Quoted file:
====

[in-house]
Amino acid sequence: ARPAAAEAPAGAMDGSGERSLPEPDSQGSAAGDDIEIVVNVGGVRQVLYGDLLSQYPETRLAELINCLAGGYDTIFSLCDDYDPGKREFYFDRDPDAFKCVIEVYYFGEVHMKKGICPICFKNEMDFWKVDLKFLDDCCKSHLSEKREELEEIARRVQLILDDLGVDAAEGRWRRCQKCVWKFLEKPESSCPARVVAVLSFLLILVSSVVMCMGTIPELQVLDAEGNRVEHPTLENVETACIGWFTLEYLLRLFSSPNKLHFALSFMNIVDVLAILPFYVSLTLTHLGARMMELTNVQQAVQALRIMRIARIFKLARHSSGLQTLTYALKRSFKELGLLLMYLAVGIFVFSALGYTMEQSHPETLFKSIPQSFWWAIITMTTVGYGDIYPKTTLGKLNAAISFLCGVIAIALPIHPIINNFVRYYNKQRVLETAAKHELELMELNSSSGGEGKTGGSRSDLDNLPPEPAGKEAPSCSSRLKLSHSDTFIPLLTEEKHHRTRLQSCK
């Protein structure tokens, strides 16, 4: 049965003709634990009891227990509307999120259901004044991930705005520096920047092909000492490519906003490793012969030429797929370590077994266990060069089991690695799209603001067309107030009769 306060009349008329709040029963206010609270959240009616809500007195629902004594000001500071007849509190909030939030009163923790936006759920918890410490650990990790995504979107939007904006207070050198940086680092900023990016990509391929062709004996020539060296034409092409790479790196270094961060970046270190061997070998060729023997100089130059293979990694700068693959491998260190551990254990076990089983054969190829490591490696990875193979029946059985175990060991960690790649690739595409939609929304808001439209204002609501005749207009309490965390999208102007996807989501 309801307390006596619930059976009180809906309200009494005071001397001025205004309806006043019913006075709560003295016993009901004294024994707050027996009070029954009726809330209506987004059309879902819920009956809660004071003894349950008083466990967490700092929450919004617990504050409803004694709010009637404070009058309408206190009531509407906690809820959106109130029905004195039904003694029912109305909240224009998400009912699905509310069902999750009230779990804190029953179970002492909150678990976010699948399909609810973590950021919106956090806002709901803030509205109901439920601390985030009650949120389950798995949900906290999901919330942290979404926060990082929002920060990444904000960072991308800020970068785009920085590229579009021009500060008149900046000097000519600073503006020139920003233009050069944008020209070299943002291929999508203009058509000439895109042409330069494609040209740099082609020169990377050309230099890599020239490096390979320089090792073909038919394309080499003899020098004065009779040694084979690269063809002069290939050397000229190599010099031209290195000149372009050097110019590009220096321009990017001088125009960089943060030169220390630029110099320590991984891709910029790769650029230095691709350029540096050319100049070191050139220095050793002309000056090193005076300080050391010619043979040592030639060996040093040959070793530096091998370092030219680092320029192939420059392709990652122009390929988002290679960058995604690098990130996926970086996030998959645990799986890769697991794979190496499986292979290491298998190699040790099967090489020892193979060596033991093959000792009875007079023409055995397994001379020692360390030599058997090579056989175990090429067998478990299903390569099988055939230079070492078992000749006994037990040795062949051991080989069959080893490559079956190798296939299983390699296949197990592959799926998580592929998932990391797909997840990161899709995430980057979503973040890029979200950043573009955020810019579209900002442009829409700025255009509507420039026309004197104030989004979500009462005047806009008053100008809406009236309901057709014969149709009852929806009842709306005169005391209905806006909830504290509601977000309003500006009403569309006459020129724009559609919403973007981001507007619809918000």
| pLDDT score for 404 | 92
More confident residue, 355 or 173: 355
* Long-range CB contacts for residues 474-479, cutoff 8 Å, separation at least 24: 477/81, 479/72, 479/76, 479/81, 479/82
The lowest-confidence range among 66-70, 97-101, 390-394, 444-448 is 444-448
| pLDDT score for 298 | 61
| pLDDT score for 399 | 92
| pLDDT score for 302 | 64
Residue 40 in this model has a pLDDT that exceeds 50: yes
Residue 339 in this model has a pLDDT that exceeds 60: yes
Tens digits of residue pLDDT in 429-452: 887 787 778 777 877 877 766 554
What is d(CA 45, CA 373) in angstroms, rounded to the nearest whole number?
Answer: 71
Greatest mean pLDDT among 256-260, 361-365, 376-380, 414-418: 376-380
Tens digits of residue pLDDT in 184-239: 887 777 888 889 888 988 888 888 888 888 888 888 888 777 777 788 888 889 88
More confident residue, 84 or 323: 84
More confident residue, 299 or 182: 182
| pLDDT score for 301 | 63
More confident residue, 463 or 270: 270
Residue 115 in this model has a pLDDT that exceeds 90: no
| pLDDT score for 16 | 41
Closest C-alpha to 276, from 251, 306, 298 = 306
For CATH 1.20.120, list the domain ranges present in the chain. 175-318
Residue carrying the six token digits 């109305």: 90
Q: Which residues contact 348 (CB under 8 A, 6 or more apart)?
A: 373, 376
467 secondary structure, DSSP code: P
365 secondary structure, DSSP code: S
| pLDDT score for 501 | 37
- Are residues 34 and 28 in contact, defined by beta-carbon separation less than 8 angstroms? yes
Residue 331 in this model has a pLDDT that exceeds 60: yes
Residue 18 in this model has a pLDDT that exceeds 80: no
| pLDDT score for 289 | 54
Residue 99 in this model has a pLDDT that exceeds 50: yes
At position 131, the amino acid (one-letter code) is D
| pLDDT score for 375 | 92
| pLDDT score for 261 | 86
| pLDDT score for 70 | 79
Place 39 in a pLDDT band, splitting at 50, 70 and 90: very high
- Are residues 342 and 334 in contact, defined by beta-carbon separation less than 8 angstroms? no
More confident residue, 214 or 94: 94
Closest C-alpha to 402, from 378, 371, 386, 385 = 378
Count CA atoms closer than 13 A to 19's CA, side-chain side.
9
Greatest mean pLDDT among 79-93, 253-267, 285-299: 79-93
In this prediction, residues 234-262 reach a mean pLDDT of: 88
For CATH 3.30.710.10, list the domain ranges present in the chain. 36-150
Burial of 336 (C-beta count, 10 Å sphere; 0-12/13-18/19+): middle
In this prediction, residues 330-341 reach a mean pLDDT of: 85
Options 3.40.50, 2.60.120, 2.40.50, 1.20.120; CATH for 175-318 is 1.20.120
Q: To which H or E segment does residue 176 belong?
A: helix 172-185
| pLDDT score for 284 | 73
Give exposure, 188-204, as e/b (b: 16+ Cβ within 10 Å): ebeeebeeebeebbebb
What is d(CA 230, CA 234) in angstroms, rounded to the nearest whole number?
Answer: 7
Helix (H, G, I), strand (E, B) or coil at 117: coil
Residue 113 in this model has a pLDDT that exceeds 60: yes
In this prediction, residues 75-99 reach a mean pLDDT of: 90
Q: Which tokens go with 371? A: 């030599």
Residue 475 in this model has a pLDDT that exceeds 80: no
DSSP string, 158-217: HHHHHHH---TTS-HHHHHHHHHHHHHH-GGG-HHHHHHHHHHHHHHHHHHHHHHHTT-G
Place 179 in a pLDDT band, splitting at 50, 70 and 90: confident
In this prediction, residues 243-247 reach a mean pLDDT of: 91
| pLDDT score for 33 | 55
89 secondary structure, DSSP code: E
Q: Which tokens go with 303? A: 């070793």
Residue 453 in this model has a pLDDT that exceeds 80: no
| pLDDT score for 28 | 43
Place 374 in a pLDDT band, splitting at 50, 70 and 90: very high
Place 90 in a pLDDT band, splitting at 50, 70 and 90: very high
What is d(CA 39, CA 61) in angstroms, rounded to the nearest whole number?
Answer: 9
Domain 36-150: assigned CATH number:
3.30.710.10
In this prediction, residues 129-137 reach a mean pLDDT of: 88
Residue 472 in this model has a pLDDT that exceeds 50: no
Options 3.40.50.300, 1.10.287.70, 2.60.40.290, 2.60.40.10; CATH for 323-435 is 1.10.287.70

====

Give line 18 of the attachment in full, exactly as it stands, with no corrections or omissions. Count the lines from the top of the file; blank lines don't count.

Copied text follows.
More confident residue, 84 or 323: 84